The ongoing pandemic has put the music culture and live industry on pause. However, recent figures and studies have shown, that the lack of cultural experiences is already putting high pressure on the upcoming concerts and festivals in 2022 – and that the audience is ready for action as soon as the restrictions ease.
When the British government announced that major events without social distancing such as major concerts, sporting events and festivals could be arranged again in 2021, a staggering 170,000 tickets to the Reading, Leeds and Creamfields festivals sold out in 72 hours. Across the Atlantic, something similar was seen with the Rolling Loud festival, which kicks off in Florida in July, 85,000 tickets were sold in just two hours after being released and left 30,000 people on the waiting list.
A recent survey conducted by ticket giant Ticketmaster among its customers showed that the pandemic has created a great desire for concert and festival experiences. An impressive 82 percent of those surveyed expect to spend as much money on music experiences, and even more, than they did before the pandemic.
Fewer tickets for sale
Another matter that speaks for a record year for ticket sales in 2022 is that 93 percent of the respondents to the survey stated, that they keep their purchased tickets from events that have been moved to later dates. Like many other festivals, Way Out West was forced to cancel their 2020 edition, but in line with Ticketmaster’s survey, around nine out of ten have chosen to keep their tickets, which also means that fewer new tickets are on sale.
– Niche and established festivals like Way Out West have a very loyal audience, for which we are incredibly grateful. There are many who have held on tight to their tickets. As soon as the restrictions are eased, things will explode. There will be a bit of a ketchup effect and we will probably be able to move towards sold out in record time, just like our international colleagues, says Patrick Fredriksson, Festival Director at Luger and Live Nation.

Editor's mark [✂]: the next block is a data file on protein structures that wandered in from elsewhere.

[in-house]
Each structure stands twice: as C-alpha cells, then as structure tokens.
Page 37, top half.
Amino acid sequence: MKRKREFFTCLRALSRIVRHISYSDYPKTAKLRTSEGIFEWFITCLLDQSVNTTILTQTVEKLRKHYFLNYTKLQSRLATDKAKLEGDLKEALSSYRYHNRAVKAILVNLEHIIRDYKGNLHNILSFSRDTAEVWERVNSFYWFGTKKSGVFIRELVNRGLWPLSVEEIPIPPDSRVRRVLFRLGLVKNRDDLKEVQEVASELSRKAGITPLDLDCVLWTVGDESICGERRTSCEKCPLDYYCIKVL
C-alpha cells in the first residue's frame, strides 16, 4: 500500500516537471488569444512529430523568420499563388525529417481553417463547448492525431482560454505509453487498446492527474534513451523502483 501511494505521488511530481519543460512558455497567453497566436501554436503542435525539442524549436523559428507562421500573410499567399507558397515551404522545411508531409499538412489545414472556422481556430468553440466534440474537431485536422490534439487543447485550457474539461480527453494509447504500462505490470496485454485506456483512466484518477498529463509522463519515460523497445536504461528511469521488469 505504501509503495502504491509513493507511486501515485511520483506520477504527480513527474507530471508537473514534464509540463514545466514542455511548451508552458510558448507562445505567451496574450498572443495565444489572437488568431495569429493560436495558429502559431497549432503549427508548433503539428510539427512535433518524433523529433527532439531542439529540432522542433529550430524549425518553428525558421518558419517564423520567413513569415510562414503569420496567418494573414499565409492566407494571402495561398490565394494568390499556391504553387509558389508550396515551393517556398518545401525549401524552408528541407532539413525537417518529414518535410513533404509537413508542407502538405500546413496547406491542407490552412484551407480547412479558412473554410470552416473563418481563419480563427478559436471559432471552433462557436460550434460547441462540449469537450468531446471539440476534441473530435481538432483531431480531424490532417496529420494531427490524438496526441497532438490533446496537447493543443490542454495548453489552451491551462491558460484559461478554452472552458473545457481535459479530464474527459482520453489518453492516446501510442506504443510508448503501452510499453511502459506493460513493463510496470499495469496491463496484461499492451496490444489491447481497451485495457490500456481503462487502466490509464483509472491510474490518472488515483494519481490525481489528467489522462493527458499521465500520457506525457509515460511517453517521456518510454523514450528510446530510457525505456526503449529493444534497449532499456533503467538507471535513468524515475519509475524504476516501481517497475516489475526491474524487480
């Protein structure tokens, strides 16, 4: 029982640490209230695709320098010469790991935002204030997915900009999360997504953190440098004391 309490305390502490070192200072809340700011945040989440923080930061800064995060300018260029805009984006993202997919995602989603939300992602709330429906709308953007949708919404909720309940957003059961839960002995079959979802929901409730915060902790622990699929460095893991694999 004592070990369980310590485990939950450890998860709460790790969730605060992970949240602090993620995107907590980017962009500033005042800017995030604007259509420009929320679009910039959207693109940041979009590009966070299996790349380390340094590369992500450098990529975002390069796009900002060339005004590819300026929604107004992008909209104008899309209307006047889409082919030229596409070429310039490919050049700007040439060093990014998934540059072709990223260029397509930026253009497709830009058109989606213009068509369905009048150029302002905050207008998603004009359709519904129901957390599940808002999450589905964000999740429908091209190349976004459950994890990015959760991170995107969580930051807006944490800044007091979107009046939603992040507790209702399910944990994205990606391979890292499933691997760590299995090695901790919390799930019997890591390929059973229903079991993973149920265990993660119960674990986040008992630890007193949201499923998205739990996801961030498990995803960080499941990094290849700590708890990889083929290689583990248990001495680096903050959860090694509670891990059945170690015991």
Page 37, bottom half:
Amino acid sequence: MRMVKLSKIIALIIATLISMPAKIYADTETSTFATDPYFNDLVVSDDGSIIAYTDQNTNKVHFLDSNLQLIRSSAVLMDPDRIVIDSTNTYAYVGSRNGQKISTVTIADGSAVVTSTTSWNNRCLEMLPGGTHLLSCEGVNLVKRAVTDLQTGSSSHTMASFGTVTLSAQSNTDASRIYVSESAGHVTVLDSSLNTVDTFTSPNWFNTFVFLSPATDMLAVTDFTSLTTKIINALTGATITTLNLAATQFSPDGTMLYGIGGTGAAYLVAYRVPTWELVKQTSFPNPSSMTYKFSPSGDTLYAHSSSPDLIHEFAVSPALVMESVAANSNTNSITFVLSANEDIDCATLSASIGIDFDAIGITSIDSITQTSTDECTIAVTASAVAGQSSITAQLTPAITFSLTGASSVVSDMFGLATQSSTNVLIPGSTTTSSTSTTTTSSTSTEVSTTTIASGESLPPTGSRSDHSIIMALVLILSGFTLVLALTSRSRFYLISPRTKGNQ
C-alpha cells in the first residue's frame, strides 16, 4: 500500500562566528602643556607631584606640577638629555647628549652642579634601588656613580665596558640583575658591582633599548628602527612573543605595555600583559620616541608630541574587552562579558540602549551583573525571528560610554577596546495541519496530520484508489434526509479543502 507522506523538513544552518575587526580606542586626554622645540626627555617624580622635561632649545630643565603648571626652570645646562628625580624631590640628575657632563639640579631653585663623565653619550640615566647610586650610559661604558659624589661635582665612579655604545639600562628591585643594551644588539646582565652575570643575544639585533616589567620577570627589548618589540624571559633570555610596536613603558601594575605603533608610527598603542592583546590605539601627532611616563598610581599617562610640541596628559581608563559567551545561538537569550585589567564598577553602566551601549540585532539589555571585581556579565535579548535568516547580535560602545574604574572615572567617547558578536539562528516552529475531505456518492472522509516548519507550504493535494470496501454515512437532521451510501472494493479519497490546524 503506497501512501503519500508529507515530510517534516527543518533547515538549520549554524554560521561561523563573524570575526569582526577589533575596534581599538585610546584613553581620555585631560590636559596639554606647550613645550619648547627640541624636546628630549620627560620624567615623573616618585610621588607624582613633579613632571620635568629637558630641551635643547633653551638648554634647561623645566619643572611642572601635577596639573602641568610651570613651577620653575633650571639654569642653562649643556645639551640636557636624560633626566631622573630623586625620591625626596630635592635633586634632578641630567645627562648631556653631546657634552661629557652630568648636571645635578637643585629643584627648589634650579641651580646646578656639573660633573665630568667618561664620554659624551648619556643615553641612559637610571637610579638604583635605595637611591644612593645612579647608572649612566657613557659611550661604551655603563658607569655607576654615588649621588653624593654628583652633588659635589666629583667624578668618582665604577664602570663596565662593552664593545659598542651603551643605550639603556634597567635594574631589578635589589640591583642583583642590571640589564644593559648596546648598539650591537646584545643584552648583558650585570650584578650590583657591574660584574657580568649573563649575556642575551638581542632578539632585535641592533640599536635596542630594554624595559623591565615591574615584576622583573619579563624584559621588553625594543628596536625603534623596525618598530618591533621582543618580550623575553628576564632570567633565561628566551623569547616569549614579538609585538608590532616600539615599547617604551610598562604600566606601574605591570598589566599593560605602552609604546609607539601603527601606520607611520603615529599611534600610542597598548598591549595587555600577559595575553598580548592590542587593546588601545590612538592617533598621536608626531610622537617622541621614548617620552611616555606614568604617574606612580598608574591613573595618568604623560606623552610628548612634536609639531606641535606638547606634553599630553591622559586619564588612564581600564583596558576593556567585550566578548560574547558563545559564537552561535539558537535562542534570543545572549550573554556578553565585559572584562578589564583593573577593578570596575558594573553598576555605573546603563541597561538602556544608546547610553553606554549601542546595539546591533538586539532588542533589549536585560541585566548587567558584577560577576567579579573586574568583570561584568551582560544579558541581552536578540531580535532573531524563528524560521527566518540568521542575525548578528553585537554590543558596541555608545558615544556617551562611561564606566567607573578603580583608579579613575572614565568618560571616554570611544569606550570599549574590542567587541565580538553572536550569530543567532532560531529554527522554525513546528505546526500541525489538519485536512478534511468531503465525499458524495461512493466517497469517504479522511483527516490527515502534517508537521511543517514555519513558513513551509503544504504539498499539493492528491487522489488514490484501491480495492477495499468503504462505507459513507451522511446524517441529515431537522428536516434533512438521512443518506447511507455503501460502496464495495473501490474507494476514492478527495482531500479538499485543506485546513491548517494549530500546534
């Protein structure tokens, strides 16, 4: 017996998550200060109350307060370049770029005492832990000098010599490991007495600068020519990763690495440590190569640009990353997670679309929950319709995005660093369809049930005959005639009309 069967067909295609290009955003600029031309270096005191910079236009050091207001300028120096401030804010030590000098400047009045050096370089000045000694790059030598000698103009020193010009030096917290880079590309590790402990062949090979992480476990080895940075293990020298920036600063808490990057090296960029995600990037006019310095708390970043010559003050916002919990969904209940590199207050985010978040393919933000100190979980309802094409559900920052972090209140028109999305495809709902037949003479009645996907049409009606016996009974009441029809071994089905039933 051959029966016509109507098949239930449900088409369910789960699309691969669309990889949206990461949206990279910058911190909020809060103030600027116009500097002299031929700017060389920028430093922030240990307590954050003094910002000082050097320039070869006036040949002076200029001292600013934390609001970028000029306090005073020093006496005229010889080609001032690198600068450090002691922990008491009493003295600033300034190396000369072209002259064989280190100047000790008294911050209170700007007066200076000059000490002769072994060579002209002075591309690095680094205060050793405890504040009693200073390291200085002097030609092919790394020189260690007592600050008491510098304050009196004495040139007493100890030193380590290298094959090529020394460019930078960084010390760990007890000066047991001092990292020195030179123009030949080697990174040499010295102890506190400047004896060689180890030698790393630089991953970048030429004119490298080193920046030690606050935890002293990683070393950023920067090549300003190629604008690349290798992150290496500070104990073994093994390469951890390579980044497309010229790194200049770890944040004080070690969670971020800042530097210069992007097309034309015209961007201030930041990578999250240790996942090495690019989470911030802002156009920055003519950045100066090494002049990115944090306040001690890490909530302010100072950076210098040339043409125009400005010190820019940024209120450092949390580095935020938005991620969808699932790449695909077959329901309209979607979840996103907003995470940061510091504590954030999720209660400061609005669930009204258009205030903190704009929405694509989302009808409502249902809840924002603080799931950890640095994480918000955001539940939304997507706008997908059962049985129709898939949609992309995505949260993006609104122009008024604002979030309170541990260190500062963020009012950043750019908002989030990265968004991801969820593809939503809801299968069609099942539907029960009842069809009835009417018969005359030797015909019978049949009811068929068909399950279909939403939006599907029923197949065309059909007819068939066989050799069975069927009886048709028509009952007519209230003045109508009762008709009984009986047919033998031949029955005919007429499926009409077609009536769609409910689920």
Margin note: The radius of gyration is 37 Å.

Joppe Pihlgren, operations manager at Svensk Live, has similar expectations:
– It is obvious that the audience longs for concerts and festivals and will attend these events at least as often as in 2019. For us, it is important that the businesses survive so that they can do what the audiences expect.
More tours in 2022
It’s not just festivals that may be facing a record year 2022. 74 percent of all fans want artists to release tour dates, in order to have something to look forward to next year, and news are that twice as many artists plan to tour 2022 as the time before the pandemic. Some artists have already announced their tour schedules, including Zara Larsson who will play five large Nordic arenas already in November/December 2021, and Molly Sandén, who has announced nine stops for her Swedish arena tour in February/March 2022.
Micael Dahlén, professor of economics at the Stockholm School of Economics, believes that the development follows a clear path:
– People are going to celebrate the freedom they will get back after the restrictions are lifted. We see it in countries that have opened up earlier and we will see it in Sweden as well, in many contexts and not least in terms of experiences.